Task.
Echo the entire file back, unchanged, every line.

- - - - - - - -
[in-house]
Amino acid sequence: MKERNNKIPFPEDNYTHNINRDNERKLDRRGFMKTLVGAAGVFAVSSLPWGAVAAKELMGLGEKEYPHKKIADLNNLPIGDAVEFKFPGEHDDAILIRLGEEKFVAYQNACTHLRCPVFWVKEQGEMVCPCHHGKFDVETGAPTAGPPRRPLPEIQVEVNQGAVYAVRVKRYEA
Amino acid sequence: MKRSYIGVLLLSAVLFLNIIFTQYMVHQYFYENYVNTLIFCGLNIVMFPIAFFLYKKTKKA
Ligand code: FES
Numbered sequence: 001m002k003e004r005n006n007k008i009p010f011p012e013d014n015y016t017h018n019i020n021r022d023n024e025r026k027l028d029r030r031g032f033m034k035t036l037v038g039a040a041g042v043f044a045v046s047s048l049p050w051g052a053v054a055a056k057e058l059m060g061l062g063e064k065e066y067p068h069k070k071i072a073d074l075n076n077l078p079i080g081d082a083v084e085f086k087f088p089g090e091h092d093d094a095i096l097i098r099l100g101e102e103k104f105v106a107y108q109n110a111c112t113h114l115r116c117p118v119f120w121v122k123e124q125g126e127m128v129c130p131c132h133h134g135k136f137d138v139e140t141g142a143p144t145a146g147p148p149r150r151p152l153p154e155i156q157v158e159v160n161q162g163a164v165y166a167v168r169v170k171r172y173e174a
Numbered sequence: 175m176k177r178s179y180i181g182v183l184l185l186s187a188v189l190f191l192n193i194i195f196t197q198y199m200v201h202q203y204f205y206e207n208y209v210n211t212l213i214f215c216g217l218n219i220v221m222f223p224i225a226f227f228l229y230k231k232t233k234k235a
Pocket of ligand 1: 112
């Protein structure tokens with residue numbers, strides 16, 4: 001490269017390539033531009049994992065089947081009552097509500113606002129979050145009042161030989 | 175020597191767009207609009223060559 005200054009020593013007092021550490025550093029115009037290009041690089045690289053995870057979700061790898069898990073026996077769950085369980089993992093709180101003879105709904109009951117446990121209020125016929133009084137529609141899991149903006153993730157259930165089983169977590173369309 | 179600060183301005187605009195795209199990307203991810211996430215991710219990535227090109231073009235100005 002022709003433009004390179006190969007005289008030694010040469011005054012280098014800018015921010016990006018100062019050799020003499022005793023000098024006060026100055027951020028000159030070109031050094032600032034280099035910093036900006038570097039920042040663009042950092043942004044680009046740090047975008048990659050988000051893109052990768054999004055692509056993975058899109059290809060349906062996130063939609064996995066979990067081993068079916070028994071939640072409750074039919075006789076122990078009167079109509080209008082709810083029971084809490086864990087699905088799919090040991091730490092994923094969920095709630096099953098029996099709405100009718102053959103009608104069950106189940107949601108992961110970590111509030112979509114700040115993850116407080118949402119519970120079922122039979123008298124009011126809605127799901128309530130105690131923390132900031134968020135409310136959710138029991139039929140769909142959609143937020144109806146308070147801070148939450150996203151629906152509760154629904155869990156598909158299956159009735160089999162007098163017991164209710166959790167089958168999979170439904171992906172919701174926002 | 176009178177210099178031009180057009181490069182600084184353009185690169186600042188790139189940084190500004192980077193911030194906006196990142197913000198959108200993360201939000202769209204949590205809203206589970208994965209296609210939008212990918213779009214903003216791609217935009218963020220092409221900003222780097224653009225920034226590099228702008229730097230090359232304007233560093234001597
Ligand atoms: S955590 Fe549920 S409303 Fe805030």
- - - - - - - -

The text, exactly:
[in-house]
Amino acid sequence: MKERNNKIPFPEDNYTHNINRDNERKLDRRGFMKTLVGAAGVFAVSSLPWGAVAAKELMGLGEKEYPHKKIADLNNLPIGDAVEFKFPGEHDDAILIRLGEEKFVAYQNACTHLRCPVFWVKEQGEMVCPCHHGKFDVETGAPTAGPPRRPLPEIQVEVNQGAVYAVRVKRYEA
Amino acid sequence: MKRSYIGVLLLSAVLFLNIIFTQYMVHQYFYENYVNTLIFCGLNIVMFPIAFFLYKKTKKA
Ligand code: FES
Numbered sequence: 001m002k003e004r005n006n007k008i009p010f011p012e013d014n015y016t017h018n019i020n021r022d023n024e025r026k027l028d029r030r031g032f033m034k035t036l037v038g039a040a041g042v043f044a045v046s047s048l049p050w051g052a053v054a055a056k057e058l059m060g061l062g063e064k065e066y067p068h069k070k071i072a073d074l075n076n077l078p079i080g081d082a083v084e085f086k087f088p089g090e091h092d093d094a095i096l097i098r099l100g101e102e103k104f105v106a107y108q109n110a111c112t113h114l115r116c117p118v119f120w121v122k123e124q125g126e127m128v129c130p131c132h133h134g135k136f137d138v139e140t141g142a143p144t145a146g147p148p149r150r151p152l153p154e155i156q157v158e159v160n161q162g163a164v165y166a167v168r169v170k171r172y173e174a
Numbered sequence: 175m176k177r178s179y180i181g182v183l184l185l186s187a188v189l190f191l192n193i194i195f196t197q198y199m200v201h202q203y204f205y206e207n208y209v210n211t212l213i214f215c216g217l218n219i220v221m222f223p224i225a226f227f228l229y230k231k232t233k234k235a
Pocket of ligand 1: 112
């Protein structure tokens with residue numbers, strides 16, 4: 001490269017390539033531009049994992065089947081009552097509500113606002129979050145009042161030989 | 175020597191767009207609009223060559 005200054009020593013007092021550490025550093029115009037290009041690089045690289053995870057979700061790898069898990073026996077769950085369980089993992093709180101003879105709904109009951117446990121209020125016929133009084137529609141899991149903006153993730157259930165089983169977590173369309 | 179600060183301005187605009195795209199990307203991810211996430215991710219990535227090109231073009235100005 002022709003433009004390179006190969007005289008030694010040469011005054012280098014800018015921010016990006018100062019050799020003499022005793023000098024006060026100055027951020028000159030070109031050094032600032034280099035910093036900006038570097039920042040663009042950092043942004044680009046740090047975008048990659050988000051893109052990768054999004055692509056993975058899109059290809060349906062996130063939609064996995066979990067081993068079916070028994071939640072409750074039919075006789076122990078009167079109509080209008082709810083029971084809490086864990087699905088799919090040991091730490092994923094969920095709630096099953098029996099709405100009718102053959103009608104069950106189940107949601108992961110970590111509030112979509114700040115993850116407080118949402119519970120079922122039979123008298124009011126809605127799901128309530130105690131923390132900031134968020135409310136959710138029991139039929140769909142959609143937020144109806146308070147801070148939450150996203151629906152509760154629904155869990156598909158299956159009735160089999162007098163017991164209710166959790167089958168999979170439904171992906172919701174926002 | 176009178177210099178031009180057009181490069182600084184353009185690169186600042188790139189940084190500004192980077193911030194906006196990142197913000198959108200993360201939000202769209204949590205809203206589970208994965209296609210939008212990918213779009214903003216791609217935009218963020220092409221900003222780097224653009225920034226590099228702008229730097230090359232304007233560093234001597
Ligand atoms: S955590 Fe549920 S409303 Fe805030």